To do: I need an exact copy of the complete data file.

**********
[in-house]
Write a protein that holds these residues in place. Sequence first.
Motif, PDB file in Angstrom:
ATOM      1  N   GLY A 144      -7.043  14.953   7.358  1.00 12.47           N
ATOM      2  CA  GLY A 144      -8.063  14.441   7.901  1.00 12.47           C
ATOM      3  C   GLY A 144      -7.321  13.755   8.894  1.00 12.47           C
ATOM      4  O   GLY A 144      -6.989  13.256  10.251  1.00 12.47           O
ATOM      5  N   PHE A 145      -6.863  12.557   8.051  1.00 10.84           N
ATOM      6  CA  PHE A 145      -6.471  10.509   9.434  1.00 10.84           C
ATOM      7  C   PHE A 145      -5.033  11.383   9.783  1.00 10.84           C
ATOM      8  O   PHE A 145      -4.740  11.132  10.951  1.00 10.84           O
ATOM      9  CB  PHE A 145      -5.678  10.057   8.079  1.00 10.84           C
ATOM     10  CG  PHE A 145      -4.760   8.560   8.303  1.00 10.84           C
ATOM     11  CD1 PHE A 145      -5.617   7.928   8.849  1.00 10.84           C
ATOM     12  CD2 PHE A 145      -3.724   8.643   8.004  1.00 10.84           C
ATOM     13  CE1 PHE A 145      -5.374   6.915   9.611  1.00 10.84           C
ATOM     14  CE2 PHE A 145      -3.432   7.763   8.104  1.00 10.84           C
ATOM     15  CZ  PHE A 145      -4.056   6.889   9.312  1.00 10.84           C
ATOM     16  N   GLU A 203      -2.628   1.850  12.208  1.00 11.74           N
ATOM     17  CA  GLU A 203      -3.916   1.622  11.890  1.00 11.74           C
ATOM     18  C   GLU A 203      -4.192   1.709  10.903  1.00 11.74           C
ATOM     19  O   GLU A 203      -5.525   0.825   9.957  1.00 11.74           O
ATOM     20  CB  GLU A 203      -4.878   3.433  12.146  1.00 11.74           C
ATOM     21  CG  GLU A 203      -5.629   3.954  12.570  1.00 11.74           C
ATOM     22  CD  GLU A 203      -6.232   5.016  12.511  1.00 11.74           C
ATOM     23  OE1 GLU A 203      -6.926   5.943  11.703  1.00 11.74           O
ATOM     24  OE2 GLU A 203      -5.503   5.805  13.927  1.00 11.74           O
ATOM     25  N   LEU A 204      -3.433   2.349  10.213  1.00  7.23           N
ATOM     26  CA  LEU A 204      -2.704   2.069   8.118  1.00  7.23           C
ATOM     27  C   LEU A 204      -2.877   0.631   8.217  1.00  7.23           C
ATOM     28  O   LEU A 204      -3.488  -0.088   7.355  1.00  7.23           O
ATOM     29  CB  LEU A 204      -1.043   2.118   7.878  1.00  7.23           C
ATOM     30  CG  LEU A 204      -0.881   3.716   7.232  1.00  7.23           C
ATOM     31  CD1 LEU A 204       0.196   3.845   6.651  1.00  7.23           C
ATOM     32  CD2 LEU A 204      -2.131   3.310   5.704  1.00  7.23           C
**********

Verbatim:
[in-house]
Write a protein that holds these residues in place. Sequence first.
Motif, PDB file in Angstrom:
ATOM      1  N   GLY A 144      -7.043  14.953   7.358  1.00 12.47           N
ATOM      2  CA  GLY A 144      -8.063  14.441   7.901  1.00 12.47           C
ATOM      3  C   GLY A 144      -7.321  13.755   8.894  1.00 12.47           C
ATOM      4  O   GLY A 144      -6.989  13.256  10.251  1.00 12.47           O
ATOM      5  N   PHE A 145      -6.863  12.557   8.051  1.00 10.84           N
ATOM      6  CA  PHE A 145      -6.471  10.509   9.434  1.00 10.84           C
ATOM      7  C   PHE A 145      -5.033  11.383   9.783  1.00 10.84           C
ATOM      8  O   PHE A 145      -4.740  11.132  10.951  1.00 10.84           O
ATOM      9  CB  PHE A 145      -5.678  10.057   8.079  1.00 10.84           C
ATOM     10  CG  PHE A 145      -4.760   8.560   8.303  1.00 10.84           C
ATOM     11  CD1 PHE A 145      -5.617   7.928   8.849  1.00 10.84           C
ATOM     12  CD2 PHE A 145      -3.724   8.643   8.004  1.00 10.84           C
ATOM     13  CE1 PHE A 145      -5.374   6.915   9.611  1.00 10.84           C
ATOM     14  CE2 PHE A 145      -3.432   7.763   8.104  1.00 10.84           C
ATOM     15  CZ  PHE A 145      -4.056   6.889   9.312  1.00 10.84           C
ATOM     16  N   GLU A 203      -2.628   1.850  12.208  1.00 11.74           N
ATOM     17  CA  GLU A 203      -3.916   1.622  11.890  1.00 11.74           C
ATOM     18  C   GLU A 203      -4.192   1.709  10.903  1.00 11.74           C
ATOM     19  O   GLU A 203      -5.525   0.825   9.957  1.00 11.74           O
ATOM     20  CB  GLU A 203      -4.878   3.433  12.146  1.00 11.74           C
ATOM     21  CG  GLU A 203      -5.629   3.954  12.570  1.00 11.74           C
ATOM     22  CD  GLU A 203      -6.232   5.016  12.511  1.00 11.74           C
ATOM     23  OE1 GLU A 203      -6.926   5.943  11.703  1.00 11.74           O
ATOM     24  OE2 GLU A 203      -5.503   5.805  13.927  1.00 11.74           O
ATOM     25  N   LEU A 204      -3.433   2.349  10.213  1.00  7.23           N
ATOM     26  CA  LEU A 204      -2.704   2.069   8.118  1.00  7.23           C
ATOM     27  C   LEU A 204      -2.877   0.631   8.217  1.00  7.23           C
ATOM     28  O   LEU A 204      -3.488  -0.088   7.355  1.00  7.23           O
ATOM     29  CB  LEU A 204      -1.043   2.118   7.878  1.00  7.23           C
ATOM     30  CG  LEU A 204      -0.881   3.716   7.232  1.00  7.23           C
ATOM     31  CD1 LEU A 204       0.196   3.845   6.651  1.00  7.23           C
ATOM     32  CD2 LEU A 204      -2.131   3.310   5.704  1.00  7.23           C